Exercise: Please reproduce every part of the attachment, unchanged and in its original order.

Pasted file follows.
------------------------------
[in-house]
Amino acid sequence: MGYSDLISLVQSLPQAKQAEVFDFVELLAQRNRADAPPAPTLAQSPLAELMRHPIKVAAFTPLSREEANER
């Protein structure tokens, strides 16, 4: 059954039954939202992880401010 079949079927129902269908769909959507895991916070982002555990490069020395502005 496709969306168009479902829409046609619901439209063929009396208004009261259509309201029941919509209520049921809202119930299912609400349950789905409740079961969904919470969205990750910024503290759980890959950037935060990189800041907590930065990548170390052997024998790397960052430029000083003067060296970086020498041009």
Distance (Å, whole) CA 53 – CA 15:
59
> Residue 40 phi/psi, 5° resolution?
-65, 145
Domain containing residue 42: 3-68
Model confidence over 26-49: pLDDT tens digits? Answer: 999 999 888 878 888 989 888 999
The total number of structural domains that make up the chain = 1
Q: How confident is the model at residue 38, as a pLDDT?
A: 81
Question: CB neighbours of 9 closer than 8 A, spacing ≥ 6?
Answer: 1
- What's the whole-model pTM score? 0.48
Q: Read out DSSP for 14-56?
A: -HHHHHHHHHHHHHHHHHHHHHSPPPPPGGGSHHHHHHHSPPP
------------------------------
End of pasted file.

[in-house]
Amino acid sequence: MGYSDLISLVQSLPQAKQAEVFDFVELLAQRNRADAPPAPTLAQSPLAELMRHPIKVAAFTPLSREEANER
């Protein structure tokens, strides 16, 4: 059954039954939202992880401010 079949079927129902269908769909959507895991916070982002555990490069020395502005 496709969306168009479902829409046609619901439209063929009396208004009261259509309201029941919509209520049921809202119930299912609400349950789905409740079961969904919470969205990750910024503290759980890959950037935060990189800041907590930065990548170390052997024998790397960052430029000083003067060296970086020498041009």
Distance (Å, whole) CA 53 – CA 15:
59
> Residue 40 phi/psi, 5° resolution?
-65, 145
Domain containing residue 42: 3-68
Model confidence over 26-49: pLDDT tens digits? Answer: 999 999 888 878 888 989 888 999
The total number of structural domains that make up the chain = 1
Q: How confident is the model at residue 38, as a pLDDT?
A: 81
Question: CB neighbours of 9 closer than 8 A, spacing ≥ 6?
Answer: 1
- What's the whole-model pTM score? 0.48
Q: Read out DSSP for 14-56?
A: -HHHHHHHHHHHHHHHHHHHHHSPPPPPGGGSHHHHHHHSPPP